Insider's Guide to Iceland

For take-your-breath-away scenery, thunderous natural wonders, a vibrant culinary scene and quirks aplenty, Iceland ticks all the boxes.
September 2023

For take-your-breath-away scenery, thunderous natural wonders, a vibrant culinary scene and quirks aplenty, Iceland ticks all the boxes. This cool Nordic nation sits sedately in the North Atlantic, some 280 kilometres off the Greenland coast, and right where the Eurasian and North American tectonic plates start to detach. This geological phenomenon explains the country’s abundance of geothermal activity from its gently steaming fissures and explosive volcanoes to its bubbling geysirs and hot baths. A year-round destination, you can explore Iceland’s mountain meadows, black sand beaches, waterfalls and sparkling fjords with the backdrop of winter’s dancing Northern Lights or the endless daylight of summer’s Midnight Sun. Read on for some ideas of things you’ll want to do when you visit.


Nearly every Icelandic adventure will begin in the capital, Reykjavik. This charming seaside city of around 300,000 people is a hive of cultural activity with a vibrant music scene, a full calendar of festivals, art galleries and museums aplenty and an innovative cuisine. Easily explored on foot, wander past pretty painted houses, through the bustling streets, along the waterfront, through parks and gardens and admire the iconic architecture, all of which is reason enough to spend at least a couple of days here.

Reykjavik Food Walk

Discover why Icelanders are rightly proud of their food on a walking food tour of the city. With a knowledgeable guide, stop in at five or six of the city’s stand out dining locations from small family-run eateries and top-notch restaurants to secret local hangouts. Taste traditional favourite dishes from grass-fed lamb, fish stew and hot dogs to Icelandic ice cream and skyr with fresh berries.

VIP Blue Lagoon
After a day of exploration, enjoy a secluded health-giving soak in the bubbling, mineral-rich waters of the Blue Lagoon. Exclusive access to the Retreat means you’ll enjoy the experience in privacy with a heavenly treatment in the Spa of the Volcanic Earth to complete the indulgence.


Inspired by the nostalgic atmosphere of Beirut, Sumac is a lively fusion restaurant with concrete walls, leather banquettes and a charcoal grill where Icelandic ingredients are given a Middle Eastern twist. Food is rustic and flavoursome with the shared mezze platters highly recommended alongside the grilled lamb ribs with grapes, lentil and almonds and the plaice with chermoula, tomato and raisins.

Icelandic Ice Cream
Ice cream in Reykjavik is famous, and delicious. And Omnom Chocolate and Ice Cream Shop at Hólmaslóð 4 is legendary. Choosing from the many colourful and adventurous creations will be tough so you’ll likely need to make more than one trip.

Treat yourself to some creative Icelandic cuisine in this rustic and welcoming harbourside restaurant. Menus here change with the season and are inspired by the flavours of Iceland. Wooden beams, exposed brick, cascading foliage and warm lighting are a fitting backdrop to the inventively plated dishes which ingeniously combine a range of ingredients and cooking methods. Stone crab soup or smoked char might start you off, while grilled goose breast or crown of lamb with black garlic may follow.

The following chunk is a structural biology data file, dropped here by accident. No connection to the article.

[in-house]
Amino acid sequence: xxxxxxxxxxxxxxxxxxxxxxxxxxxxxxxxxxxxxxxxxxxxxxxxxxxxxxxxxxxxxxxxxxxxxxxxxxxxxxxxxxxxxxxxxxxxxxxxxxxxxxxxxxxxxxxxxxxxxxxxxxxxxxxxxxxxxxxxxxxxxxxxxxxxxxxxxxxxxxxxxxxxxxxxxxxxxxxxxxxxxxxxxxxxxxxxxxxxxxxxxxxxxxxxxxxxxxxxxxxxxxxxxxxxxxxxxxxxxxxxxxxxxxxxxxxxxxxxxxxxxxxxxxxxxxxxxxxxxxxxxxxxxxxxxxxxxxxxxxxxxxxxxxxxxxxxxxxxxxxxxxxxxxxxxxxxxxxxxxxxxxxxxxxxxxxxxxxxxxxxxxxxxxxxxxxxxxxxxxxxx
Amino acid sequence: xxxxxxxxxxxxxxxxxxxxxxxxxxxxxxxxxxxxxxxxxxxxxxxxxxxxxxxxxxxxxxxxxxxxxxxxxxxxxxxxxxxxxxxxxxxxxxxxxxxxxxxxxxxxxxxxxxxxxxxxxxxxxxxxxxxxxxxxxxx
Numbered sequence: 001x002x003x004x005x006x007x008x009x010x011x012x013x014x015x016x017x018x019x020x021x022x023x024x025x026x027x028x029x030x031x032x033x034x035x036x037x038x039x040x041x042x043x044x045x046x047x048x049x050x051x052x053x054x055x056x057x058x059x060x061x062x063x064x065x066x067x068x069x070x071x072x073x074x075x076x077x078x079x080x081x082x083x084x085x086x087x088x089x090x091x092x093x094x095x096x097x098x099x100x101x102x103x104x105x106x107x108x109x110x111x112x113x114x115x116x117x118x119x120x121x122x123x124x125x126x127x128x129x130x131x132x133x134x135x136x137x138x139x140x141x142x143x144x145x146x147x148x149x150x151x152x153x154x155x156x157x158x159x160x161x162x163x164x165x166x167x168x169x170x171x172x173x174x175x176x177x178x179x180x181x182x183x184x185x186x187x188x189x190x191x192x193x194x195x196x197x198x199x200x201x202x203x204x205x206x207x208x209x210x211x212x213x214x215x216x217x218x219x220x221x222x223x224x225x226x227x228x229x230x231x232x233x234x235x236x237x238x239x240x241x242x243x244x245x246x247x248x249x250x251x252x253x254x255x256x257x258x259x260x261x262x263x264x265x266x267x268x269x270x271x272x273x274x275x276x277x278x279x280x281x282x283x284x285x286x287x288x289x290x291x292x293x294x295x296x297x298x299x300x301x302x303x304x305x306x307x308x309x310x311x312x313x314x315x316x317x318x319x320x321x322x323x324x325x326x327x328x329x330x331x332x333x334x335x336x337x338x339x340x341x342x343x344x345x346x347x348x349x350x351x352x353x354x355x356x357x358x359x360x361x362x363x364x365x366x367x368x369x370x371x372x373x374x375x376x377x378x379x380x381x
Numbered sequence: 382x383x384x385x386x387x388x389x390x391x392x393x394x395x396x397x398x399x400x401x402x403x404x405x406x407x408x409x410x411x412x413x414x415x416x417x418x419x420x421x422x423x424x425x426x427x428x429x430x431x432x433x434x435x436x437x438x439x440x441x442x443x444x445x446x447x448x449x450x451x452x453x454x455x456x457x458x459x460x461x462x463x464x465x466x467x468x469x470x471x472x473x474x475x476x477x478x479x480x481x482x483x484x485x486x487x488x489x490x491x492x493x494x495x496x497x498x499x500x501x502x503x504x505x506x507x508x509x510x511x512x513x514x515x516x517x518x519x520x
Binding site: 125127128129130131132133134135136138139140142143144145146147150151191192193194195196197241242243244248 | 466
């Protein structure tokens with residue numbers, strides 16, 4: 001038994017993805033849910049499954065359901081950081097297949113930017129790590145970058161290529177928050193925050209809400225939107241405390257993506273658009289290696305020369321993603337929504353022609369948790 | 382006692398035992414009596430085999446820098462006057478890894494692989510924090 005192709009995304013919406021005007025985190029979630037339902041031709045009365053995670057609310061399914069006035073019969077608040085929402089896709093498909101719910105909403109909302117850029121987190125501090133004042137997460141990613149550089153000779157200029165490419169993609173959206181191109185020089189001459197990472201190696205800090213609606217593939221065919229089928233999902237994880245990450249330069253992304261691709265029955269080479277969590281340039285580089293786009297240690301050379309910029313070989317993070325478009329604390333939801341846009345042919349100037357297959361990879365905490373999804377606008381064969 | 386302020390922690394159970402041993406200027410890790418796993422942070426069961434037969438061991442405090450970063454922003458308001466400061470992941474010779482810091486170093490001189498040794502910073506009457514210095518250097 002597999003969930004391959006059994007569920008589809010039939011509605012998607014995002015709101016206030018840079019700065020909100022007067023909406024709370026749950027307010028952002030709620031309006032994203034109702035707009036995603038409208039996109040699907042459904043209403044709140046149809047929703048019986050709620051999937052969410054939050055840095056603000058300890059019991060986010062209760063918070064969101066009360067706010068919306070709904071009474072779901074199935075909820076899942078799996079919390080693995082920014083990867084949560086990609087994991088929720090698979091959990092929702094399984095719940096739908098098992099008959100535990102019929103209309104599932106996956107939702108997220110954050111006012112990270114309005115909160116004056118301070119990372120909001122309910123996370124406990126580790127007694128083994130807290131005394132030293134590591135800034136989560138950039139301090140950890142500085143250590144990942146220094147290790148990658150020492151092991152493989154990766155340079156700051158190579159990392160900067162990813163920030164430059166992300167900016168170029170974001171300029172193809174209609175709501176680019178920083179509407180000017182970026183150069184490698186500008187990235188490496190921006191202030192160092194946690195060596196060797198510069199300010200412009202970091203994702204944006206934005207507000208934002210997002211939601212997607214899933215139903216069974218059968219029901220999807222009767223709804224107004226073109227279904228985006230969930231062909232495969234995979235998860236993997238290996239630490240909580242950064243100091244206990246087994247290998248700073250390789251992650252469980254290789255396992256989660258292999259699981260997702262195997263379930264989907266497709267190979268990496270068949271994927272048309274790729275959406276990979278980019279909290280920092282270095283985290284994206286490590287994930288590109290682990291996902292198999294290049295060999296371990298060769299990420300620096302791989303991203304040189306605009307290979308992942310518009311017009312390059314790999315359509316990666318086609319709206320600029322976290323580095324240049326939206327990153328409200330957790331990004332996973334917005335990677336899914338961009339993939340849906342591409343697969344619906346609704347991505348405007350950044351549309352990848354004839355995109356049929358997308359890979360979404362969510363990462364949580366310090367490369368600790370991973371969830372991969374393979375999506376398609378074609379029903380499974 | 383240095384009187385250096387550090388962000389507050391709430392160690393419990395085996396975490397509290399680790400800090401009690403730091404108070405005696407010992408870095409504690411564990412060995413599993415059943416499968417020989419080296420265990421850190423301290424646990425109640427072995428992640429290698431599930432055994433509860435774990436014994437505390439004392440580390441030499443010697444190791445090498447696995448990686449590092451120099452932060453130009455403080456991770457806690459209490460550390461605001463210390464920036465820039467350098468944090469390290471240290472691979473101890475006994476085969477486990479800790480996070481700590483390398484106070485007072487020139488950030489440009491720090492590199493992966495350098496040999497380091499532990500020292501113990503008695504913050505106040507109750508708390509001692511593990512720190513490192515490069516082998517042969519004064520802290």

The Reykjavik EDITION

Located in the historic heart of downtown Reykjavik by the Old Harbour, this relative newcomer to the city hotel scene is a refreshing addition. Exuding laid back luxury and sophistication, the cosy interiors use basalt, oak and lava to reflect the Nordic landscape with bespoke furniture, faux fur rugs and locally crafted artworks setting the scene. Rooms frame beautiful views, and some boast outdoor terraces. Dining is a treat here too with Tide from Michelin-star chef Gunnar Karl Gíslason offering a modern Icelandic seafood-focused menu. A rooftop terrace is the perfect spot to view the northern lights and there’s even a secret speakeasy-style bar and underground club.

Parliament Hotel
One of the newest hotels to open in Reykjavik, Iceland Parliament Hotel, Curio Collection by Hilton has an excellent location in the main city square. A light, airy and contemporary entrance welcomes guests to this cleverly combined amalgamation of new and old which showcases Icelandic contemporary art, design and history. The 163 guest rooms have an Art Deco feel and in-house restaurant Hjá Jóni promises diners a true culinary adventure while a beautiful spa offers traditional hot tubs, sauna, steam baths and an array of treatments.

Golden Circle

Iceland’s foremost attraction, the Golden Circle, is a 300-kilometre-long route brimming with stunning landscapes, powerful geysers and extraordinary waterfalls and as well as offering outstanding photo opportunities, gives interesting insight to Iceland’s geological history. The area comprises three of the most stunning locations in southwest Iceland — Thingvellir National Park, the Geysir Geothermal Area and Gulfoss Waterfall.